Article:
AI and the Future of Environment
Food production is one of the biggest contributors to greenhouse gas emissions (e.g. through methane production at large cattle feedlots) and also to soil and biodiversity degradation. AI promises to revolutionize agriculture and drastically reduce its environmental loading by allowing for the precise use of resources through big data-driven advice generated by machine learning (ML). However, this sustainability promise of AI remains largely untested. Furthermore, preliminary studies suggest that while AI may help solve environmental problems, it may raise social issues such as exaggerating power inequity in the food system. For instance, robotics technologies are being applied to horticulture, displacing already vulnerable temporary foreign agricultural labourers. The proposed project aims to shed light on both the environmental and social impacts of big data and AI in food production, with a focus on what policy-makers could do to enable the sustainability gains presented by emerging digitization while fairly distributing its risks.
The project furthers Canada’s leadership on inclusive innovation, climate adaptation and mitigation through two interrelated research activities: testing the sustainable potential of AI applied to food and inquiring into the social impacts of big data and AI especially among historically marginalized food system actors.
The Initiative has adopted a very agile development and leadership framework to respond to society’s latest challenges. In the near future, the team is expected to welcome new members and continue to expand its research agenda.
The AI + Society Initiative aims at participating in the global conversation and building capacity for a global thought leadership in Canada.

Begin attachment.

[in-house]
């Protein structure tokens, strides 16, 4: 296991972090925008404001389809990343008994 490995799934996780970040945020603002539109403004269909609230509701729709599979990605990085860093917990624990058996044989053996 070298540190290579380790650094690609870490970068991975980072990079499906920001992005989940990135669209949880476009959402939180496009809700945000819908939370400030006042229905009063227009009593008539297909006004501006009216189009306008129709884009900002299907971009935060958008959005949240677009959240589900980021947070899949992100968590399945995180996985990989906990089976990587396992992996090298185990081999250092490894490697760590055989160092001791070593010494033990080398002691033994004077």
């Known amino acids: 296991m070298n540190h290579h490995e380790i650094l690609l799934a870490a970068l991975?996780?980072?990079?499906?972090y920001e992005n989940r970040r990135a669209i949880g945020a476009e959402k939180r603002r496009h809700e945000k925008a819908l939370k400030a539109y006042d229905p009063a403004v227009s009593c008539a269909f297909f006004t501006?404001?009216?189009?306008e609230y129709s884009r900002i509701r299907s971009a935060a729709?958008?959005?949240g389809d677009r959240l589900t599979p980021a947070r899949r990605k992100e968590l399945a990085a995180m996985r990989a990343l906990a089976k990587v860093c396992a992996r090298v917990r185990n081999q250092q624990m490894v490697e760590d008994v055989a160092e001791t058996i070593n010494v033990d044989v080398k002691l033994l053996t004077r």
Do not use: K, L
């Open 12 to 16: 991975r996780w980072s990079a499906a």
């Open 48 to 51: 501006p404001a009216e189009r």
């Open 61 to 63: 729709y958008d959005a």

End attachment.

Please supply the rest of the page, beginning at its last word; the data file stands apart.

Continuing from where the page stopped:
We will leverage a wide collaborative network, notably in the United States, the European Union, Israel, India, Brazil, Mexico, Singapore, Hong Kong, and South Africa. Building on existing collaborations, the Initiative will spearhead the development of joint activities, notably inviting leading experts from these regions to bring new perspectives within North American discourses around AI, and by supporting the training of Canadian students and researchers within those countries.
the University of Ottawa Centre for Law, Technology and Society
The initiative builds on 20 years of award-winning research at the University of Ottawa Centre for Law, Technology and Society (CLTS), Canada’s leading research hub for law, ethics and policy surrounding technology, gathering, in an interdisciplinary setting, researchers from the Faculties of Law, Social Sciences, Arts, and Engineering includes more than 100 researchers and students at the graduate and undergraduate levels. Founded in 2009, CLTS is globally recognized as a premier research group in areas such as artificial intelligence, robotics, cybersecurity, intellectual property, privacy and health technologies.
Beyond CLTS, the Alex Trebek Forum for Dialogue’s Project on AI for Healthy Humans and Environment builds on the expertise of the Centre for Health Law, Policy and Ethics, the Institute for Science, Society and Policy, and a network of leading experts from the Centre for Environmental Law and Global Sustainability, the LIFE Institute, the Centre for Governance, and the Centre for Public Law.
There is currently no open position.
Florian Martin-Bariteau, Director
Muriam Fancy, Research Coordinator